|1. Quintilian, Institutes of Oratory, 4.1.34-4.1.36, 4.1.38-4.1.40, 4.1.42, 4.1.44, 4.1.46, 4.1.49, 4.1.73-4.1.77 (1st cent. CE - 1st cent. CE)
Tagged with subjects: • Exordium • Quintilian, on the exordium • exordium • exordium, primary exordium • exordium, purpose • exordium, subtypes
Found in books: Bua (2019), Roman Political Culture: Seven Studies of the Senate and City Councils of Italy from the First to the Sixth Century AD, 226, 227, 230; Martin and Whitlark (2018), Inventing Hebrews: Design and Purpose in Ancient Rhetoric, 194, 195, 196, 197, 214
4.1.34 \xa0We shall also find it a useful device for wakening the attention of our audience to create the impression that we shall not keep them long and intend to stick closely to the point. The mere fact of such attention undoubtedly makes the judge ready to receive instruction from us, but we shall contribute still more to this effect if we give a brief and lucid summary of the case which he has to try; in so doing we shall be following the method adopted by Homer and Virgil at the beginning of their poems. 4.1.35 \xa0For as regards the length of the exordium, it should propound rather than expound, and should not describe how each thing occurred, but simply indicate the points on which the orator proposes to speak. I\xa0do not think a better example of this can be found than the exordium to the pro\xa0Cluentio of Cicero. 4.1.36 \xa0"I\xa0have noted, judges, that the speech for the prosecution was divided into two parts: of these, the first seemed to rest and in the main to rely on the odium, now inveterate, arising from the trial before Junius, while the other appeared to touch, merely as a matter of form, and with a certain timidity and diffidence, on the question of the charge of poisoning, though it is to try this point that the present court has been constituted in accordance with the law." All this, however, is easier for the defender than the prosecutor, since the latter has merely to remind the judge, while the former has to instruct him.' "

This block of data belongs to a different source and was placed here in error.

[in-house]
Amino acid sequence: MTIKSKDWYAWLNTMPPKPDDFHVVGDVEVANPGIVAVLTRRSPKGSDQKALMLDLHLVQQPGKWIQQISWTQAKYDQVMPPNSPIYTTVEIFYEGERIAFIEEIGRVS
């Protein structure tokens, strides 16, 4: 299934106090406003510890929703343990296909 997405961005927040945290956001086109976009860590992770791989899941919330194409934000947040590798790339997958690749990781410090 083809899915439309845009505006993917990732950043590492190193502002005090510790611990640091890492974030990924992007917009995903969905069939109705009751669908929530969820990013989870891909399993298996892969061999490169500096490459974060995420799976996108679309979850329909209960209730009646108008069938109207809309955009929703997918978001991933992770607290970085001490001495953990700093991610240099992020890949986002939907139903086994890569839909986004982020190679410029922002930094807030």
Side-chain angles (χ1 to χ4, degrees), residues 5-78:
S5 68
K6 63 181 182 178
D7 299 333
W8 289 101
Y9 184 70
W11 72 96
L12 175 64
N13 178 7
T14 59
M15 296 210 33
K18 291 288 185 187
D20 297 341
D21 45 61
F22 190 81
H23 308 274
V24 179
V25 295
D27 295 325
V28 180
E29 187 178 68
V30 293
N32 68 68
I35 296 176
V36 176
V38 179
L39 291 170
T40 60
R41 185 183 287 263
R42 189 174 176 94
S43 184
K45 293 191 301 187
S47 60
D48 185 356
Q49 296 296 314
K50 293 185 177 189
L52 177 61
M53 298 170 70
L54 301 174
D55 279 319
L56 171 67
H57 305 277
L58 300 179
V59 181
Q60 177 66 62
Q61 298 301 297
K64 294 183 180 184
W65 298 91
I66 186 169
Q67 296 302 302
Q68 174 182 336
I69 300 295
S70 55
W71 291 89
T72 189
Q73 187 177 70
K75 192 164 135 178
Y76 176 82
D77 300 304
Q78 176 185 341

4.1.38 \xa0Our opponent has spoken and perhaps convinced him we must alter his opinion, and this we cannot do unless we render him attentive to what we have to say and ready to be instructed. What are we to do then? I\xa0agree to the view that we should cut down, depreciate and deride some of our opponent's arguments with a view to lessening the attention shown him by the judge, as Cicero did in the pro\xa0Ligario." "4.1.39 \xa0For what was the purpose of Cicero's irony save that Caesar should be induced to regard the case as presenting only old familiar features and consequently to give it less attention? What was his purpose in the pro\xa0Caelio save to make the case seem far more trivial than had been anticipated? It is, however, obvious that of the rules which I\xa0have laid down, some will be applicable to one case and some to another." '4.1.40 \xa0The majority of writers consider that there are five kinds of causes, the honourable, the mean, the doubtful or ambiguous, the extraordinary and the obscure, or as they are called in Greek, á¼\x94Î½Î´Î¿Î¾Î¿Î½, á¼\x84Î´Î¿Î¾Î¿Î½, á¼\x80Î¼Ï\x86Î¯Î´Î¿Î¾Î¿Î½, Ï\x80Î±Ï\x81Î¬Î´Î¿Î¾Î¿Î½ and Î´Ï\x85Ï\x83Ï\x80Î±Ï\x81Î±ÎºÎ¿Î»Î¿Ï\x8dÎ¸Î·Ï\x84Î¿Î½. To these some would add a sixth, the scandalous, which some again include under the heading of the mean, others under the extraordinary.
4.1.42 \xa0Some therefore divide the exordium into two parts, the introduction and the insinuation, making the former contain a direct appeal to the good-will and attention of the judge. But as this is impossible in scandalous cases, they would have the orator on such occasions insinuate himself little by little into the minds of his judges, especially when the features of the case which meet the eye are discreditable, or because the subject is disgraceful or such as to meet with popular disapproval, or again if the outward circumstances of the case are such as to handicap it or excite odium (as for instance when a patron appears against a client or a father against a son), or pity (as when our opponent is an old or blind man or a child).